Community analysis: Mocksville, North Carolina
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The community of Mocksville, North Carolina comprises a vibrant neighborhood with over 5,000 residents (Town, 2015). Mocksville’s town center has a well-established organization for economic opportunities, and is enclosed by four large oak trees, which anchor the center of town, and offer a beautiful sight as their branches extend over Main Street. Mocksville also offers education opportunities with state of the art technology. The system runs from pre-school through high school and early college. Civic clubs, recreational activities, performing arts and a strong respect for values are also aspects that make Mocksville, North Carolina a great place to call home or to visit (Town, 2015). Through collecting community data about the citizens, and conducting a windshield assessment and an interview, a need was discovered within Mocksville, and a plan to address that need was formulated.
According to census data (2010), the population of Mocksville, North Carolina was 5,051. When it comes to gender, 2,770 (54.8%) people out of the total population were female, and 2,281 (45.2%) were male (Census, 2010). The primary race in Mocksville was Caucasian, with 3,734 people identifying as white. African American’s comprised 14.6 percent of the population, with 736 people identifying as such. 12 percent of the population identified as Hispanic and Latino, which is 607 people (Census, 2010).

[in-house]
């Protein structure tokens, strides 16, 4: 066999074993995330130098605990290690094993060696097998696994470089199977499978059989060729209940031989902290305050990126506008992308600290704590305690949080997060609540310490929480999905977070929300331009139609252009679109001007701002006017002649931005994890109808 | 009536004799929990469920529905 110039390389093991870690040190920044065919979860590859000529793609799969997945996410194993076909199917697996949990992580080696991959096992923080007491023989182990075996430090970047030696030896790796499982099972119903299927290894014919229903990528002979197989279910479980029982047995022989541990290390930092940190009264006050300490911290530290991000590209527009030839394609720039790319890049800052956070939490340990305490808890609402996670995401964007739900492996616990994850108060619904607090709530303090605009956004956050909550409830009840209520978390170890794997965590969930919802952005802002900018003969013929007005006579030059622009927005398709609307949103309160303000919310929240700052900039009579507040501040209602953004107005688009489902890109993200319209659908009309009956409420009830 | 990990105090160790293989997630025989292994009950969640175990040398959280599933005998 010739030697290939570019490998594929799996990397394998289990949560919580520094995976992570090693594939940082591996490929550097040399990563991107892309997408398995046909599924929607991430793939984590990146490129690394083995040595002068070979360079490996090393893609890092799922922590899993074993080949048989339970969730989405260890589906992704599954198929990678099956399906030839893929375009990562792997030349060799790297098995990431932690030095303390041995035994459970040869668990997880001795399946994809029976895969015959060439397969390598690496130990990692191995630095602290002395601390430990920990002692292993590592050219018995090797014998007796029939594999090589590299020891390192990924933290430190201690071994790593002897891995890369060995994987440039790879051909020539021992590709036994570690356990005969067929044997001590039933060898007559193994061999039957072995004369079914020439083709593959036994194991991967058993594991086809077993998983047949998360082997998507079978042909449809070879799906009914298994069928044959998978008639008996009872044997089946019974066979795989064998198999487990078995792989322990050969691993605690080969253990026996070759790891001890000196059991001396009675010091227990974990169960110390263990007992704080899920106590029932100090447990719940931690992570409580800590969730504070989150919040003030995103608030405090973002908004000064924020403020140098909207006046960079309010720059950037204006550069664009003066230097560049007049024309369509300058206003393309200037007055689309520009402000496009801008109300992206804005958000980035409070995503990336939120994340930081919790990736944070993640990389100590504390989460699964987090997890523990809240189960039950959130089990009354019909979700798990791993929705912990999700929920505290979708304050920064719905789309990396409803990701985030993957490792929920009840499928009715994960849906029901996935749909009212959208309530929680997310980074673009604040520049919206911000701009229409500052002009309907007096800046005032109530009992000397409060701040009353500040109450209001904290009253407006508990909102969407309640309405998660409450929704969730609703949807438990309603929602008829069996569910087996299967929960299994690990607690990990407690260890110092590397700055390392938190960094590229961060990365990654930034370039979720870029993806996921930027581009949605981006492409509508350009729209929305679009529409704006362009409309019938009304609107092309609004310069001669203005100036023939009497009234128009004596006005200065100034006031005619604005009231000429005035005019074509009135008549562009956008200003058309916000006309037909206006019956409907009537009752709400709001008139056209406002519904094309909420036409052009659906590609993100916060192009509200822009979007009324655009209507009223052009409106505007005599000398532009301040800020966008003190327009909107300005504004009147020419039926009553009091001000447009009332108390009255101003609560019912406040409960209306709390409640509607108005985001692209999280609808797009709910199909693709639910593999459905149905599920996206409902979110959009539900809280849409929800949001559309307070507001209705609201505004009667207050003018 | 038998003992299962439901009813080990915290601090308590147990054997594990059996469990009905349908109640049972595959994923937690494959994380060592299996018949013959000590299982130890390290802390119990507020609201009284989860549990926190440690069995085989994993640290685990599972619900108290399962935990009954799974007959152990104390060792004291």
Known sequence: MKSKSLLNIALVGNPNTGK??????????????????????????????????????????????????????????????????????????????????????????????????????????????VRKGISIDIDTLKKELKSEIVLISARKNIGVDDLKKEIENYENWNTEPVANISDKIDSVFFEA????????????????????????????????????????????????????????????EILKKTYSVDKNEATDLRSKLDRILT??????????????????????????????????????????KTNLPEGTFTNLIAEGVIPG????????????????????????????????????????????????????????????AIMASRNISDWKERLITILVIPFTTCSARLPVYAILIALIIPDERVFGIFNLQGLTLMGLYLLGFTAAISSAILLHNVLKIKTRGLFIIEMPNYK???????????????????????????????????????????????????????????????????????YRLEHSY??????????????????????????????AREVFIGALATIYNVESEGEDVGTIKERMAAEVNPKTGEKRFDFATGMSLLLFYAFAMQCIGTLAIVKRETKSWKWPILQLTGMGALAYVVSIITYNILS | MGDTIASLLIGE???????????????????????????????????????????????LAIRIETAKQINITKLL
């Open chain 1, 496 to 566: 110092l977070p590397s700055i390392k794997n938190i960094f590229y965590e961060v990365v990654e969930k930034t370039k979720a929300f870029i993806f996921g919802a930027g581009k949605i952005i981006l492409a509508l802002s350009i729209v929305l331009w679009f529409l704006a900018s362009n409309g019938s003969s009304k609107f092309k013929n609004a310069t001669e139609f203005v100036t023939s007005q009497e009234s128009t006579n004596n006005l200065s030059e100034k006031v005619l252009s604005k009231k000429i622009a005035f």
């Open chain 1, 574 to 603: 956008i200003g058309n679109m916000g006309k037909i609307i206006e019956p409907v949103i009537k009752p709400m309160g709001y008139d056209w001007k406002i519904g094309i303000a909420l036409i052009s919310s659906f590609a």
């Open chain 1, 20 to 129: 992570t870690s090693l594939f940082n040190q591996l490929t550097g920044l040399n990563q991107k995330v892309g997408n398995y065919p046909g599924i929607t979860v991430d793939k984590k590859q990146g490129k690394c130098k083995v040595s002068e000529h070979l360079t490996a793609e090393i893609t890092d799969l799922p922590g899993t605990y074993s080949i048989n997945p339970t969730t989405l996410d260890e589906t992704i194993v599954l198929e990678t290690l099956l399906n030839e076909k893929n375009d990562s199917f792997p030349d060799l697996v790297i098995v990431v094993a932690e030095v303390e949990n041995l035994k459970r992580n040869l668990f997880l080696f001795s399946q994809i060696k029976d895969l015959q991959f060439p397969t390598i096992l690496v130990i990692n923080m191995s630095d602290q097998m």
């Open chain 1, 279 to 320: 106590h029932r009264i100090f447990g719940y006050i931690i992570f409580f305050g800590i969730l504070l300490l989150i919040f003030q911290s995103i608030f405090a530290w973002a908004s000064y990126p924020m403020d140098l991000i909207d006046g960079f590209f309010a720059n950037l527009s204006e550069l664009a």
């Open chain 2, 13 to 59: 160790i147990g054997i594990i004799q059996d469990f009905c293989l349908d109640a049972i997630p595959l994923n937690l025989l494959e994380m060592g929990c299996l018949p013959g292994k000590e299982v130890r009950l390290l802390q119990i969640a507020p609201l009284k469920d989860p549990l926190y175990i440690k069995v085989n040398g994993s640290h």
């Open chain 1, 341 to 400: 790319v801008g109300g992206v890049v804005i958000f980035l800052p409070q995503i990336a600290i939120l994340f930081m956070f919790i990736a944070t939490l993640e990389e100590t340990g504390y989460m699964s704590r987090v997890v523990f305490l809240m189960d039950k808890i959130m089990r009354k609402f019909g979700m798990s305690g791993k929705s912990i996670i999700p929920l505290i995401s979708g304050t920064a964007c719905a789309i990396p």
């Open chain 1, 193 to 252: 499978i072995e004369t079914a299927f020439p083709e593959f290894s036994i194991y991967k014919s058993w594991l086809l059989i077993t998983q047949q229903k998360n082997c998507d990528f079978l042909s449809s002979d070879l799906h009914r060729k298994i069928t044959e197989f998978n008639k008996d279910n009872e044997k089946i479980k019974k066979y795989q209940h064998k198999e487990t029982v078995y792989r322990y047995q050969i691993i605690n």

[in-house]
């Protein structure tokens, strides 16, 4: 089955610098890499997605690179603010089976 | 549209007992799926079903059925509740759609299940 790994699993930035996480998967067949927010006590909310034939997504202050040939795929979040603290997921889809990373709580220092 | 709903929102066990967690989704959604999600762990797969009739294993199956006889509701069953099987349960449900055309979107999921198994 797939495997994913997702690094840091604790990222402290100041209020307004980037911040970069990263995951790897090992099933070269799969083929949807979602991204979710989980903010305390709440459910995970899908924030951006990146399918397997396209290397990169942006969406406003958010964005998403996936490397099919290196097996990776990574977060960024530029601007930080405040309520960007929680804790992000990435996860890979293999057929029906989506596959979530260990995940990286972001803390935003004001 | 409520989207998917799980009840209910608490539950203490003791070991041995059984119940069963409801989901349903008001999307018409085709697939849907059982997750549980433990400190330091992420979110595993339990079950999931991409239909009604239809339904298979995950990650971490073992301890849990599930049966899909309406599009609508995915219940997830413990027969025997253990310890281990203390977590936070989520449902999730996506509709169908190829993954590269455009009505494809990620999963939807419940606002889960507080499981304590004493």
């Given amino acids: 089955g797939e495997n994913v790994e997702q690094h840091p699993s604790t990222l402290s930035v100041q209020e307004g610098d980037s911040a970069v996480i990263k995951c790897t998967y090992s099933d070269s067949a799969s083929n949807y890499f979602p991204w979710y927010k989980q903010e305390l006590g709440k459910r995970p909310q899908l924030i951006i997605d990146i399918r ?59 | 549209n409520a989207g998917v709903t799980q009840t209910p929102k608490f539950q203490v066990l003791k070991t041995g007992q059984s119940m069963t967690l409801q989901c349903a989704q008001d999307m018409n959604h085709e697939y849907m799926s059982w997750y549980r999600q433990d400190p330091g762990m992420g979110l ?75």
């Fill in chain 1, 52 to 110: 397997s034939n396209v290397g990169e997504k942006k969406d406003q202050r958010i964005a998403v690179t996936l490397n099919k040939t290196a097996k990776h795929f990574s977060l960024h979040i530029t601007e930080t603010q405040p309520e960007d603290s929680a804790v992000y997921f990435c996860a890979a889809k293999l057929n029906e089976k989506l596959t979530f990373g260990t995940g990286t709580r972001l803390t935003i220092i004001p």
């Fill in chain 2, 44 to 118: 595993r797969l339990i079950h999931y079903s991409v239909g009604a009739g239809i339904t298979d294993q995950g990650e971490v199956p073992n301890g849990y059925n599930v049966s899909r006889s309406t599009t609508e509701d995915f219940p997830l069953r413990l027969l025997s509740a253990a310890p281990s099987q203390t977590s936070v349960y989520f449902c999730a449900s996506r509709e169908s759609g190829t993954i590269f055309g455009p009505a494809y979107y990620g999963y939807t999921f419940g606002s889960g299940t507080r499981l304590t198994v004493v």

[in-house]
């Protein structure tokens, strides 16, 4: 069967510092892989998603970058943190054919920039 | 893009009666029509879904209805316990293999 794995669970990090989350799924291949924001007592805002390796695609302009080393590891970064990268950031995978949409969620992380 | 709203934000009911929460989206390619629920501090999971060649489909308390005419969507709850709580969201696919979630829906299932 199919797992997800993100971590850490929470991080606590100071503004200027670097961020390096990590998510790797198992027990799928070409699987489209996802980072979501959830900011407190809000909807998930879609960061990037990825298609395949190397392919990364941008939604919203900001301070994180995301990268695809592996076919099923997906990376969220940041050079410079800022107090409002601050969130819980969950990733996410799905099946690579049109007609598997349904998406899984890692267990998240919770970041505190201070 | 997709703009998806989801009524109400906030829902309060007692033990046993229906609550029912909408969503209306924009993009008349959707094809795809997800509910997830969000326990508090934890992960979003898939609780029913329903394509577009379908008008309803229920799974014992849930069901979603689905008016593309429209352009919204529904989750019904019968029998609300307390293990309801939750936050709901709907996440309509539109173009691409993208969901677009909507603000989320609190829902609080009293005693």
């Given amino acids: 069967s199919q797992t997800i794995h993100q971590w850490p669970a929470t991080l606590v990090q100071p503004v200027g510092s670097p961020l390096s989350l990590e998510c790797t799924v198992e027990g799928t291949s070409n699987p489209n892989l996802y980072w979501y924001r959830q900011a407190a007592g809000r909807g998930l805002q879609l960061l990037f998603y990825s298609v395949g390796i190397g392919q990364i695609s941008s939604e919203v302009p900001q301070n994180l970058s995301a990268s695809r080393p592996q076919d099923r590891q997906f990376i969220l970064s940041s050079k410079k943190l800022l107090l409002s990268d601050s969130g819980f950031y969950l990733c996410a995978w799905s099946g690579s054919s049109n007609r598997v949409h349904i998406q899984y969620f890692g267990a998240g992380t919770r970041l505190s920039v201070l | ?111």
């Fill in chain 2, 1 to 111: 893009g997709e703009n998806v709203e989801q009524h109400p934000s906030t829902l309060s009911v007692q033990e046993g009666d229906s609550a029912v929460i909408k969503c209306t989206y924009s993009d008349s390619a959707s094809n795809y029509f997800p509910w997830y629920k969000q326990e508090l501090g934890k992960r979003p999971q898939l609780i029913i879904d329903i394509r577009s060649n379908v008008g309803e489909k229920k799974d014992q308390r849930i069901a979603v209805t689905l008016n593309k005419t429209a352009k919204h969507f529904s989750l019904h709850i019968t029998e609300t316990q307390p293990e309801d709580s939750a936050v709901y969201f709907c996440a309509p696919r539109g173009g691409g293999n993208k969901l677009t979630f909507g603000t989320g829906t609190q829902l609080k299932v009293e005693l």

The age ranges in Mocksville are not even. The bulk of the population, 56.8 percent, is between the ages of 18 and 64. 18.3 percent are 65 years of age or older, and 24.9 percent are under the age of 18 (Mocksville, 2015). According to economic information in the census (2010), the median household income was $40,553, and 18.7 percent of the population are below the poverty level.
When it comes to geographic parameters, Mocksville is 7.54 square miles (Mocksville, 2015). Mocksville’s history is rooted in tobacco and farming. Back in that time, Mocksville was home to a few famous residents, such as Daniel Boone, who lived near Mocksville from 1750 to 1759, Thomas Ferebee, who was a Hiroshima bombardier, J. D. Gibbs, son of Joe Gibbs, Hinton Rowan Helper, and Roy L. Williams (Mocksville, 2015).
Next, the average family size in Mocksville is 3.02. There are 884 husband-wife family households, 200 single males, and 401 single females. Education is an important part of Mocksville’s structure. In the census (2010), 78.9 percent of the population were said to be a high school graduate or higher, and 23.4 percent were said to have a Bachelor’s degree or higher. Despite the levels of education possessed by the citizens of Mocksville, the unemployment rate is 5.8 percent, and only 2,270 people above the age of 16 are employed (Mocksville, 2015).